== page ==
If I’m rapping, I tend to write the majority of songs acapella by myself instead of in a production session. I’ll then record a voice memo of said verse on a click track and then work with my producers to craft a beat around the vocals. But if I’m singing on a track, I usually set up a co-writing session to collaborate and get the best song possible. Although my ear for melody has improved dramatically over the years, I still find that working with writers that I trust will almost always lead to the best result, and I am so thankful for the team I have created over the last few years. 

So naturally we wanted to talk about your latest track, “Josh,” which is about a close friend losing his battle with depression. What can you tell us about your relationship and how he impacted your life?

I first met Josh when I was 13 years old and he was one of the smartest, most creative people I had ever met. We were in a trio together, and I felt so bad for our bass player because Josh and I would bicker constantly about cover song choices and stage volume, but there was always a great respect between us at the end of the day. Funnily enough, Josh actually accidentally started me on my songwriting journey because he once told me “drummers can’t write songs” when I tried to critique one of his originals, and so I learned piano the next day completely to spite him.

That spirit of friendly competition truly defined our relationship even after the band broke up, and we always pushed each other to do our best in every aspect in life, whether it was with music, school, or relationships. I was really lucky because we both lived in New York City at the same time in 2019, and spent a lot of time together in the last year of his life. Without Josh, I never would have fallen in love with music, and MNERVA would have never happened, so I carry his legacy with me everyday.  

What do you feel you learned from him, whether musically or just life in general?

Musically, Josh taught me a lot about dynamics, and pushed me to play drum parts that were very outside of my comfort zone. He would sing a part and then expect me to replicate it immediately, and I just couldn’t ever let him down, so I put in the work! From a personal standpoint, Josh was always very true to who he was, and he definitely helped me learn how to care less about what other people thought of me, and overcome some of my many insecurities.

What would you like people to take away from this song and Josh’s story?

I think one of the hardest parts of my relationship with Josh was how I knew he was struggling, but he never wanted to open up about his feelings with me because we had such a competitive relationship. I would definitely encourage listeners to have those uncomfortable conversations with your loved ones when you know they’re going through it because you may regret not saying something if tragedy strikes.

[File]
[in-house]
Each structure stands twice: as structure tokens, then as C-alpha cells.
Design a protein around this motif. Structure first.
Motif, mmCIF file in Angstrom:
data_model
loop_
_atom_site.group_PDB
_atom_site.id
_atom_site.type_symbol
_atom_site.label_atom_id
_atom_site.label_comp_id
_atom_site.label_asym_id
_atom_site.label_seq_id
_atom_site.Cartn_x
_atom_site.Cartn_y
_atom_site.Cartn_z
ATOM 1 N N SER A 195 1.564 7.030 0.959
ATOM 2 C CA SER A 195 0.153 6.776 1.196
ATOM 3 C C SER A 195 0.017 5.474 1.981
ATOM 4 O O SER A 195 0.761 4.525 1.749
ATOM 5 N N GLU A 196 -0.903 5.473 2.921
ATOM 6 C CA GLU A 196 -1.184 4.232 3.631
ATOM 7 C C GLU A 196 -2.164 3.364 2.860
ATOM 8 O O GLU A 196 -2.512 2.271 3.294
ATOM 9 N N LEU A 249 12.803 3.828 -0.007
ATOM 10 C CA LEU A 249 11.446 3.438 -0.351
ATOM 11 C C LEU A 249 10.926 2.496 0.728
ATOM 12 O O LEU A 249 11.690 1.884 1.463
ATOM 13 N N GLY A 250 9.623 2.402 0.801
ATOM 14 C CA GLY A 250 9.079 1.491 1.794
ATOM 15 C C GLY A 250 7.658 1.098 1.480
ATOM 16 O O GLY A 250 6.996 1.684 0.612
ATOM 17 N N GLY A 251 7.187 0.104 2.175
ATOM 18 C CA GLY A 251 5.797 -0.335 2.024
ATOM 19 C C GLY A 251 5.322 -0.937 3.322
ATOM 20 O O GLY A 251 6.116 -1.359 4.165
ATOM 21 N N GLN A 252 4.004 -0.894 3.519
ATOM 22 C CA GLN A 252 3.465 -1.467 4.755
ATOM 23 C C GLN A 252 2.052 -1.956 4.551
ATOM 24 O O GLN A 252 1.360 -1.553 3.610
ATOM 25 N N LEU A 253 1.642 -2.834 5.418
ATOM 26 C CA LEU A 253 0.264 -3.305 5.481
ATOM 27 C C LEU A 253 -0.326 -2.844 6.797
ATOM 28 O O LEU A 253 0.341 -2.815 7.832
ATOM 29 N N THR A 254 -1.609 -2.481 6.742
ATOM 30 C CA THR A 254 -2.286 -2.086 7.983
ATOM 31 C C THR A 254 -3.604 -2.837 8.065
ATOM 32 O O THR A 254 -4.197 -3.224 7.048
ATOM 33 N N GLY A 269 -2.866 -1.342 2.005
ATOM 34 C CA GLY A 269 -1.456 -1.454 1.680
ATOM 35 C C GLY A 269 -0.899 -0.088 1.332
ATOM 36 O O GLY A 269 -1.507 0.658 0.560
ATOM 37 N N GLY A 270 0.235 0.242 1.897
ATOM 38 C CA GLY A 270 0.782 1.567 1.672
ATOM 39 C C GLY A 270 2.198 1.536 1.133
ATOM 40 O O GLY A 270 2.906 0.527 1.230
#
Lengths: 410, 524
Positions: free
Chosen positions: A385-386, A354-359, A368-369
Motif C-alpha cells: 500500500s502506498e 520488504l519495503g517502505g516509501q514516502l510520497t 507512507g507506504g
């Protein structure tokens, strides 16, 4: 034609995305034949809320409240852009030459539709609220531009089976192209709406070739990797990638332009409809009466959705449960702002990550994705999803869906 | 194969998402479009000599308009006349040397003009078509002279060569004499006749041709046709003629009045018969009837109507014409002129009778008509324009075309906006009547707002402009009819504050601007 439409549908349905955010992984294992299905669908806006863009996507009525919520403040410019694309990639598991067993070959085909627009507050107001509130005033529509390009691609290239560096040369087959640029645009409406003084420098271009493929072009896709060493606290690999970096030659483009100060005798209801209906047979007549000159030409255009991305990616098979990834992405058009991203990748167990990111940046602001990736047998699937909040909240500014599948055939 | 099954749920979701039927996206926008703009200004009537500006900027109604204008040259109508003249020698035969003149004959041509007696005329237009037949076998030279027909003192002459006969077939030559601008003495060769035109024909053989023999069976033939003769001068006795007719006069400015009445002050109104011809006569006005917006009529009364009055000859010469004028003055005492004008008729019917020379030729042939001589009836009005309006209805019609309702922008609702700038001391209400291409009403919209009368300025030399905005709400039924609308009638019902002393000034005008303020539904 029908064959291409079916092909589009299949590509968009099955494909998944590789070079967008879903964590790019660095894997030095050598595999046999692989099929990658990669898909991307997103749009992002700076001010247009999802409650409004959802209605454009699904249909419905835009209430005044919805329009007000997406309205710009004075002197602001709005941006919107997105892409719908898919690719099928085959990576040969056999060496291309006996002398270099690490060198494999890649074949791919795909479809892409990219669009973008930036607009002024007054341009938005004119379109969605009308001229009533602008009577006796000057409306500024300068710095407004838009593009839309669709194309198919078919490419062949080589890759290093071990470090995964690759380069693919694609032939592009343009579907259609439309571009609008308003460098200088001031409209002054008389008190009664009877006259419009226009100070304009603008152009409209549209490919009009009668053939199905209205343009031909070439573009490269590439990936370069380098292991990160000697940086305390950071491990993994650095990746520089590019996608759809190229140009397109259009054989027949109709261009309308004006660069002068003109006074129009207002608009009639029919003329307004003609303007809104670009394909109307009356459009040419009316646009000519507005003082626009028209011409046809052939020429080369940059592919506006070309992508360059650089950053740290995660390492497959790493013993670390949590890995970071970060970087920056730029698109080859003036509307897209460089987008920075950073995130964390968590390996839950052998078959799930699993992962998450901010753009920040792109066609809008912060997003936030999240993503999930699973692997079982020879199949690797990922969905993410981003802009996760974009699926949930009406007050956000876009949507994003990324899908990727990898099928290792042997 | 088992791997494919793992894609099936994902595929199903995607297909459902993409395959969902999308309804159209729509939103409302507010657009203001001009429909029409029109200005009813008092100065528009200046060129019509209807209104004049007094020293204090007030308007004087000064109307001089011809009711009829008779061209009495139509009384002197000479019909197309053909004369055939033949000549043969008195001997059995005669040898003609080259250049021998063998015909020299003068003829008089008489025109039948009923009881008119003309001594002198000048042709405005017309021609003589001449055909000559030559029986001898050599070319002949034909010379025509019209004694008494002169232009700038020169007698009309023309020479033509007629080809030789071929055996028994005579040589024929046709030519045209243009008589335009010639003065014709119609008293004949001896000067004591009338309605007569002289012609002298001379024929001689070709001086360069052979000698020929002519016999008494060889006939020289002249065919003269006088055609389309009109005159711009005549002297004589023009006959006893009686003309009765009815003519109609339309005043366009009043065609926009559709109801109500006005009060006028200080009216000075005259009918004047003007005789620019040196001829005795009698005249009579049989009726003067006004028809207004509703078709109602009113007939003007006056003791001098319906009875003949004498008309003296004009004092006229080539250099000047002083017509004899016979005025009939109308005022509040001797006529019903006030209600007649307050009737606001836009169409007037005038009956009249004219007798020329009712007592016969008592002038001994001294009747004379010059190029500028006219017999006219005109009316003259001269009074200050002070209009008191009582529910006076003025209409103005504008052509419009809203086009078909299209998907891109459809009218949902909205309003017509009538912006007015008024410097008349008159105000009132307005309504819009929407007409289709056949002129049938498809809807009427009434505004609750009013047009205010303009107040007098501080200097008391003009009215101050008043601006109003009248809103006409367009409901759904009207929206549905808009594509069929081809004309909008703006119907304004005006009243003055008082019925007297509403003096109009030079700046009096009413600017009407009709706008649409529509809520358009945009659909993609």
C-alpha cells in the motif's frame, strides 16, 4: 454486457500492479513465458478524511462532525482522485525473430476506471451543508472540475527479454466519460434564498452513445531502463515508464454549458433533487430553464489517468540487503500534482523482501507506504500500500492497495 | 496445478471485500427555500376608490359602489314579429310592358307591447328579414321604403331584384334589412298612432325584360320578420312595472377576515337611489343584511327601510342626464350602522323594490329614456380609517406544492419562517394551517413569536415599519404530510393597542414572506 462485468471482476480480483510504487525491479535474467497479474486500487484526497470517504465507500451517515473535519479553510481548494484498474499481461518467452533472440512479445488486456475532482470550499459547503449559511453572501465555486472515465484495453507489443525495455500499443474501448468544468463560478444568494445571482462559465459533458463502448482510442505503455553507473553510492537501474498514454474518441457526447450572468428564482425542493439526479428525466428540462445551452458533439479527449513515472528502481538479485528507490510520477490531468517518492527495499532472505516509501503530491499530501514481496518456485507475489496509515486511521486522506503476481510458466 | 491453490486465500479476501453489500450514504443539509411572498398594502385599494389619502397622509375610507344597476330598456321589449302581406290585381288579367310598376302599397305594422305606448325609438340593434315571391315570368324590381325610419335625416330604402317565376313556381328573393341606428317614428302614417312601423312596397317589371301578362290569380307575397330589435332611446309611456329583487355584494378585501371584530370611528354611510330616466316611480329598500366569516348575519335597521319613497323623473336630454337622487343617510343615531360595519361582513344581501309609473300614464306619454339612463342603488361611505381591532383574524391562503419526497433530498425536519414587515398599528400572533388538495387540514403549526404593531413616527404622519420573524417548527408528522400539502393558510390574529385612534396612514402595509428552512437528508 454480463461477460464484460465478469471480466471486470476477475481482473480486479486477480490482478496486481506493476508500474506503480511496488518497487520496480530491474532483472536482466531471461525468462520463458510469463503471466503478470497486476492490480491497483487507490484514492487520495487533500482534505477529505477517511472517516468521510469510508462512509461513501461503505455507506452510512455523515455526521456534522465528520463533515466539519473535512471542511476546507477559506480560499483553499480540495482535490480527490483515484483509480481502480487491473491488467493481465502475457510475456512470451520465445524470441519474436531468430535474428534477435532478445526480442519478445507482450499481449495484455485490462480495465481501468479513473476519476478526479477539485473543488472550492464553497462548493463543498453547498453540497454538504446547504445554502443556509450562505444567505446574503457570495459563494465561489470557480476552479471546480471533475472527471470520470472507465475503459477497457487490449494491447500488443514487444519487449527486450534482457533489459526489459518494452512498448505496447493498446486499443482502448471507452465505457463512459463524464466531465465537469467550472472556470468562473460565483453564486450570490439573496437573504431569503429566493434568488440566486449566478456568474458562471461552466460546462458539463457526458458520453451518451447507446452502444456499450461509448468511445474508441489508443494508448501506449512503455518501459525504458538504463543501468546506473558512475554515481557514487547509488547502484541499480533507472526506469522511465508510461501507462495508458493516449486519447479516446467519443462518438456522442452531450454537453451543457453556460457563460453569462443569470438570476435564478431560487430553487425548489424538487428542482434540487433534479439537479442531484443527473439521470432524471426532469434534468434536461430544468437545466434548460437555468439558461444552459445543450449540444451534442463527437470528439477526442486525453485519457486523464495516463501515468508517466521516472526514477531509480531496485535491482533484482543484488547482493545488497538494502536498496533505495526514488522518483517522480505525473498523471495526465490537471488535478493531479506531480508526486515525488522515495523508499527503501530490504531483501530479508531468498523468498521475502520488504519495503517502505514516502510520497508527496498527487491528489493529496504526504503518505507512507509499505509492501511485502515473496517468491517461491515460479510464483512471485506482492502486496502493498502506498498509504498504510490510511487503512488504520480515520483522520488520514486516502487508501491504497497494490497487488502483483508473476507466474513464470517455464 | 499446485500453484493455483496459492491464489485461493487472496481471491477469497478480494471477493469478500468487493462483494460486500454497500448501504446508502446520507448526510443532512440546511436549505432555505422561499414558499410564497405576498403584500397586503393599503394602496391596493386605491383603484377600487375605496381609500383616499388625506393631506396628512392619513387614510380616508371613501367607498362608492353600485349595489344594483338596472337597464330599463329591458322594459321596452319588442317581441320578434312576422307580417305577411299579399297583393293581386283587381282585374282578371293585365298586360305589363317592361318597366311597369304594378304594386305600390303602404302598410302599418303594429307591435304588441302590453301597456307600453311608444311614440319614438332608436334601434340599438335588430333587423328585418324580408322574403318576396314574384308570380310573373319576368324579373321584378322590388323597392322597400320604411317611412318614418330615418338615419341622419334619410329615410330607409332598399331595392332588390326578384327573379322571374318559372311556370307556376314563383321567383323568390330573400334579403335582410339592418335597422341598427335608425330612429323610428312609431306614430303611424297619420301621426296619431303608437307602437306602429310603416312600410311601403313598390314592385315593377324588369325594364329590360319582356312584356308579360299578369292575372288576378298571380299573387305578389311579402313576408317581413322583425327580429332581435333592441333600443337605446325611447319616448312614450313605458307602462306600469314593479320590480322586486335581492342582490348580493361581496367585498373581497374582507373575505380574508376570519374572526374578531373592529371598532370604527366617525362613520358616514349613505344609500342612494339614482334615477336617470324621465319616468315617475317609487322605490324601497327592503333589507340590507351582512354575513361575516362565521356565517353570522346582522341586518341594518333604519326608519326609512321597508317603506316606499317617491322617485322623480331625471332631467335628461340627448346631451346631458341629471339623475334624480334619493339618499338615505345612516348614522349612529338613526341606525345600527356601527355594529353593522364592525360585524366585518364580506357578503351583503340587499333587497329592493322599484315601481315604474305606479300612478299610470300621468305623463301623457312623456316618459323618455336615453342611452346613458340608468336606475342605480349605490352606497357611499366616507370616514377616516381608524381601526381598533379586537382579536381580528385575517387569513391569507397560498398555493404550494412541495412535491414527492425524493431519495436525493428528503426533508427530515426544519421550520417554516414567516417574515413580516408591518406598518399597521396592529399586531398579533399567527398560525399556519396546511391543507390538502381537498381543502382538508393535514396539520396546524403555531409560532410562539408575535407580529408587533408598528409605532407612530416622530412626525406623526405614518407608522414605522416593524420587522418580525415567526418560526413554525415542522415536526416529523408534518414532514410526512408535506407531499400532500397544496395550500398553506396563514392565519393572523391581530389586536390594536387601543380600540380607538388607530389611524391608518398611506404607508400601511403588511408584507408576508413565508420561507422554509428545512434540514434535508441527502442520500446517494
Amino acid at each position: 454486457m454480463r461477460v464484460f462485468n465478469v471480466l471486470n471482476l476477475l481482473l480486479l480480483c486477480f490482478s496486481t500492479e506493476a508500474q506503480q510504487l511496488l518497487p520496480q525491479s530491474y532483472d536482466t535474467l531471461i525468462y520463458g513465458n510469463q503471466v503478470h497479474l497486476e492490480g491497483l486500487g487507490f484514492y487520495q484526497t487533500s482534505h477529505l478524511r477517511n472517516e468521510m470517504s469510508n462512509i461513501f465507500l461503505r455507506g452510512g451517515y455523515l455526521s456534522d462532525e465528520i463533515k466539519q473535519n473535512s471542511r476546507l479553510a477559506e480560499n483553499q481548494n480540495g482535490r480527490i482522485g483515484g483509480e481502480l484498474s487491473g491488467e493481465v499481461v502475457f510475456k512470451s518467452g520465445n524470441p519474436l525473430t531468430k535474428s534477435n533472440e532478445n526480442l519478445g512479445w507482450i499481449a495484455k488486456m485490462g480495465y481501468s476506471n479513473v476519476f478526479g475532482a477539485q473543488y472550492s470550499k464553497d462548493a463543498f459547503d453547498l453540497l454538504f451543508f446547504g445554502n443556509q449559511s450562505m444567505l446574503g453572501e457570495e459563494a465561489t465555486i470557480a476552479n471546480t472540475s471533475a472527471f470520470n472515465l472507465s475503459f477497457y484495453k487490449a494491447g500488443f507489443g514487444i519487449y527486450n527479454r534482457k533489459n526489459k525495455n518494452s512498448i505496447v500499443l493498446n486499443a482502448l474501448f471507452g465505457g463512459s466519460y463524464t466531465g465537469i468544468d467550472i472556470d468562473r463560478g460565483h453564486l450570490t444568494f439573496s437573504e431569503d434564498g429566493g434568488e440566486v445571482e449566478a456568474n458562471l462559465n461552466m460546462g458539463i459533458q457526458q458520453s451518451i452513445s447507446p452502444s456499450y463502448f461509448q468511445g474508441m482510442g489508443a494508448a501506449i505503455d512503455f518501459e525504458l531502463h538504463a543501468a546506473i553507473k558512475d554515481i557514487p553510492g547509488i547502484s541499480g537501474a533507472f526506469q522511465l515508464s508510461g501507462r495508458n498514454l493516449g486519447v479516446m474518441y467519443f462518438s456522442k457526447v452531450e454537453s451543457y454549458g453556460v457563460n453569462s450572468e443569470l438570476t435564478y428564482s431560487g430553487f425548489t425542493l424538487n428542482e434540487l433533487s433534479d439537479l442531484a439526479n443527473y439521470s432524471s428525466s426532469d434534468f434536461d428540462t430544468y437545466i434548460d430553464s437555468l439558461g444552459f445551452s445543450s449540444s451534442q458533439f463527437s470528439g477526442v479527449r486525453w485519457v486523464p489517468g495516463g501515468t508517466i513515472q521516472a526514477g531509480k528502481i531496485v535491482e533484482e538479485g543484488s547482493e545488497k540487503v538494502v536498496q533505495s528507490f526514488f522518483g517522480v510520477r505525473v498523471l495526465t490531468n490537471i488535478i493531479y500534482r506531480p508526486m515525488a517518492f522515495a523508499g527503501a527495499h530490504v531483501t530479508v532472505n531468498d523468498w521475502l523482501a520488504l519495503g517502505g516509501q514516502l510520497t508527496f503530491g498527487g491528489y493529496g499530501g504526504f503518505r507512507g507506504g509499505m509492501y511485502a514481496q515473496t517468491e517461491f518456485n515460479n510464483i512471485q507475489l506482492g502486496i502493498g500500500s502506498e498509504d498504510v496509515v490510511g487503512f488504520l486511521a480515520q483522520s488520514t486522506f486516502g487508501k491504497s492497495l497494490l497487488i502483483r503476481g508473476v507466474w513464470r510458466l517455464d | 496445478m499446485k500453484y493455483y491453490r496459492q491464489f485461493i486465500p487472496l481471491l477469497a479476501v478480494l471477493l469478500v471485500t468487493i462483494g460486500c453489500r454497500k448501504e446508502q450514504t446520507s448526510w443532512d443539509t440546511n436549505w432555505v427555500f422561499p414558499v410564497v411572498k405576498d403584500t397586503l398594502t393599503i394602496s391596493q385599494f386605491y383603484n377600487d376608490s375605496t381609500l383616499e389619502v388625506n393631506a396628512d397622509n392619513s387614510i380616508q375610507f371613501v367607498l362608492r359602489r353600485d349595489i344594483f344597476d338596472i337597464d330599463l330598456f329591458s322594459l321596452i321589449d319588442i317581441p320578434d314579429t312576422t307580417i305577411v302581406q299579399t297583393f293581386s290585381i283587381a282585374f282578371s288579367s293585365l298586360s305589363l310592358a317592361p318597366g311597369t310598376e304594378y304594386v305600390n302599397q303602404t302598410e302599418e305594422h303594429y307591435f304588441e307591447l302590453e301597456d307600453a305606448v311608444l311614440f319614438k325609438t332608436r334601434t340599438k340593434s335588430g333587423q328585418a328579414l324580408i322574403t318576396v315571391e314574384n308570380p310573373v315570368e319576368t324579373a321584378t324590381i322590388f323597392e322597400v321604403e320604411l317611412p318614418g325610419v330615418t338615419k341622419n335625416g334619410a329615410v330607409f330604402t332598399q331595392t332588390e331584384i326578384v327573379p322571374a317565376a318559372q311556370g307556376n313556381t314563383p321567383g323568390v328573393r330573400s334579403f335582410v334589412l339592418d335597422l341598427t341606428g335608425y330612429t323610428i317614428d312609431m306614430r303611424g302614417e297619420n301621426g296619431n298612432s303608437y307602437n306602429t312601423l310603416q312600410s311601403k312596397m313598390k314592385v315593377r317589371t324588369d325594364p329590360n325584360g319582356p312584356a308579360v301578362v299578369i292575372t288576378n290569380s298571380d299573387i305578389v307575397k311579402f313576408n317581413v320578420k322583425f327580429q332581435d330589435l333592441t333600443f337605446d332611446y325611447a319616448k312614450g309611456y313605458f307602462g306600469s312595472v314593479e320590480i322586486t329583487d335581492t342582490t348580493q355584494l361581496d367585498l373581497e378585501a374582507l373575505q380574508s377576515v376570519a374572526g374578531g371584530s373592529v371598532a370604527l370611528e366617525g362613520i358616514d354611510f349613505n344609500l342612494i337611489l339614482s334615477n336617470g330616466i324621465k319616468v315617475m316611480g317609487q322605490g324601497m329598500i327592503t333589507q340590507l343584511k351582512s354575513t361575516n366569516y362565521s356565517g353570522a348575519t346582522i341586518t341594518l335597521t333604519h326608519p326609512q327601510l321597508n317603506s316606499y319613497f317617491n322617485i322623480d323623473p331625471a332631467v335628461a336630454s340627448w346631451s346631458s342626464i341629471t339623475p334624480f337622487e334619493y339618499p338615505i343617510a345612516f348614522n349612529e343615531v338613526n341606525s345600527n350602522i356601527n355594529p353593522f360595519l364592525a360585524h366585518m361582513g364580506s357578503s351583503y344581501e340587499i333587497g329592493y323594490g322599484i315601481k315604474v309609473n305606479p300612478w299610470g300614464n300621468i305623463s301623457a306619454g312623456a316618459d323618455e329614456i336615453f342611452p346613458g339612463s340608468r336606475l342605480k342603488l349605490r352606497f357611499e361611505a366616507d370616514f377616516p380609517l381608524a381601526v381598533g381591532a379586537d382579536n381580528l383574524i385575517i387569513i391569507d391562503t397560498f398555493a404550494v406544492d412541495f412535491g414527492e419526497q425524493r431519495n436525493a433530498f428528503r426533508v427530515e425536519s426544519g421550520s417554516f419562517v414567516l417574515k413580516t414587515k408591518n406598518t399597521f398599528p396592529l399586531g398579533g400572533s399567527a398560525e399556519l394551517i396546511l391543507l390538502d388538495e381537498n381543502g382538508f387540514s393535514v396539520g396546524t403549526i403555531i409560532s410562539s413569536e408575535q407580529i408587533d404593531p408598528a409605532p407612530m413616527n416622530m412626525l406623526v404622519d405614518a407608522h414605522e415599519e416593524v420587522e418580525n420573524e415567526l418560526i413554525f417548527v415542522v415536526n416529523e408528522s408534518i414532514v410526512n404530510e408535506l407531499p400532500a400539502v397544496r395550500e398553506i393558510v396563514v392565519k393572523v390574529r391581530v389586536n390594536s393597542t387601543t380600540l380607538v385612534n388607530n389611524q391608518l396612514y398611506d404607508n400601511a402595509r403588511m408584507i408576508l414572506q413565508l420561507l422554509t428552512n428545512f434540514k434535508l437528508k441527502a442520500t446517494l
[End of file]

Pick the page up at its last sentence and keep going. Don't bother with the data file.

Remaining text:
But more than anything, I think the biggest take away from this song is that people only disappear when we stop talking about them, and it’s our responsibility to keep our lost loved ones alive through honoring their memory. Josh and our band, Remedy, will always be a huge part of my story and a day doesn’t go by without me thinking about how he changed my life for the better. I look forward to seeing him again when my time comes and hearing what he thinks about the song, and how far I’ve come since he passed away. I just hope I’m making him proud. 

Can fans expect to see this on an upcoming EP or LP?

I still have to finish it, but “Josh” will be a part of my second EP, Invincible, and I truly believe it’s my best work yet. It marks my triumphant return to rock and explores my personal journey since starting therapy. Hopefully one of the tracks blows up soon because I am ITCHING to release this EP.

What are some of your musical ambitions for the rest of 2022 and beyond?

My main goal for this year is to blow up an unreleased song on a social media platform, and I don’t plan on releasing my next record until there are a lot of eyes on MNERVA. But once that happens, I hope to release my sophomore EP, Invincible, and I look forward to starting this new era of MNERVA.

But, before dropping the EP, I hope to remix some tracks off my last EP, Talk Too Much, and play a lot of shows outside of Nashville to try and build a grassroots following by connecting with listeners in person. After embarking on my first tour last month, I discovered just how well my music translates live and I can’t wait to keep sharing my new music on stage in new places!